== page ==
Tower Hamlets Council made £5.8m surplus from parking charges, says report
PUBLISHED: 11:59 05 August 2013 | UPDATED: 11:27 06 August 2013
Tower Hamlets Council made £5.8m from parking charges after spending money on improving roads last year, according to a new report.
The borough came 18th in a list compiled by the RAC Foundation of 359 local authorities who had made huge surpluses from parking operations.
In the year 2011/12, the Council had £5,769,000 left over after paying for public street and road infrastructure.
But this figure has decreased by £187,000 since 2009/10 when the Council made £5,956,000.
RAC Foundation director Professor Stephen Glaister said: “For many local authorities, parking charges are a nice little earner, especially in London.
“Not all authorities make big sums. Several run a current account deficit and indeed of those with surpluses, many will see the money vanish when capital expenditure is taken into account.
“But the bottom line is that hundreds of millions of pounds are being contributed annually to council coffers through parking charges.”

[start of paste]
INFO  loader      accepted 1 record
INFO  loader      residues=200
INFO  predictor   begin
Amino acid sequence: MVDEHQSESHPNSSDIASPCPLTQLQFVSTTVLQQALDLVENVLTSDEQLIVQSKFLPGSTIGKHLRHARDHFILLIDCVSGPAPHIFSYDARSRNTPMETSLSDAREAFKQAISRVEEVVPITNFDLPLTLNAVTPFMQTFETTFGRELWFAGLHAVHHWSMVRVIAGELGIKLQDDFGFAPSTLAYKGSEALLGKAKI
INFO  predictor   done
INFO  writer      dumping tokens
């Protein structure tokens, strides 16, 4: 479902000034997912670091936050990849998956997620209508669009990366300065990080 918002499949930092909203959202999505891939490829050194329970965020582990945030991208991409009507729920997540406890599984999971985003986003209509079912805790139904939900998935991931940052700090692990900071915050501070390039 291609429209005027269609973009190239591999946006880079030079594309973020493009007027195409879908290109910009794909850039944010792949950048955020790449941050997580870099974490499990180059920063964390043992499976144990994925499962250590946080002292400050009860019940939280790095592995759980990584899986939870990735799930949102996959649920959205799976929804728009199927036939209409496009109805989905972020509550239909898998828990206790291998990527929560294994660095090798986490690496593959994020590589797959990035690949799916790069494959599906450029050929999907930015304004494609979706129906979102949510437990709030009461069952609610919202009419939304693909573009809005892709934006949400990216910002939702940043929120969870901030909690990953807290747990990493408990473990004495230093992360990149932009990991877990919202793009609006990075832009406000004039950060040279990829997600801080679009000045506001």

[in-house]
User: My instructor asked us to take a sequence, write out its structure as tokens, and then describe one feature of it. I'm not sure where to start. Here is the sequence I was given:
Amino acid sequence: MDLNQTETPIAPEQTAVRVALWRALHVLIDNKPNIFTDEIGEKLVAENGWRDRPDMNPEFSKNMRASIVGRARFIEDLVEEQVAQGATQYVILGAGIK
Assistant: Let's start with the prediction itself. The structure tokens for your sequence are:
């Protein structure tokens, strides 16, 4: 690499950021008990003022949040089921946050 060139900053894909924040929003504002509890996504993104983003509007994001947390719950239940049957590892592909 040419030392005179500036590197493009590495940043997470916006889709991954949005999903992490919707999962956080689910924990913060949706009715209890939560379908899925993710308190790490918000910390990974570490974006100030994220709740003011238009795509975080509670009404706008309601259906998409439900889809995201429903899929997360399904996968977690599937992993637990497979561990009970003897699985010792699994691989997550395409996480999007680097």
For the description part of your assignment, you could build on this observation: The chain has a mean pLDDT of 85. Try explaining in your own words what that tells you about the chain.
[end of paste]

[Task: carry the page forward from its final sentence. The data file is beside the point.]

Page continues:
Local Government Secretary Eric Pickles said: “This profit shows why we need to review and rein in unfair town hall parking rules.
“Councils aren’t listening, and local shops and hard-working families are suffering as a result.
“The law is clear that parking is not a tax or cash cow for town hall officers.”
A Tower Hamlets Council spokesperson said fees for parking and traffic fines were statutory and “beyond our control”.
They added: “Despite being a densely populated borough within only nine square miles, our total parking fine revenue is still comparable to those of neighbouring London boroughs.
“Any surplus generated from these fees is always reinvested into transport related projects, such as improving parking provision for businesses and visitors in the borough, and boosting economic development by investing in road network management to improve timely journeys.
“In addition, Tower Hamlets is investing more than £8m to help our most vulnerable residents to travel by providing them with freedom passes, taxi card and blue badges.
“With further new regeneration developments to come, enforcing parking and traffic regulations will continue to play a key role in ensuring the safety of all road users and balancing the needs of residents, travellers and businesses in our borough.”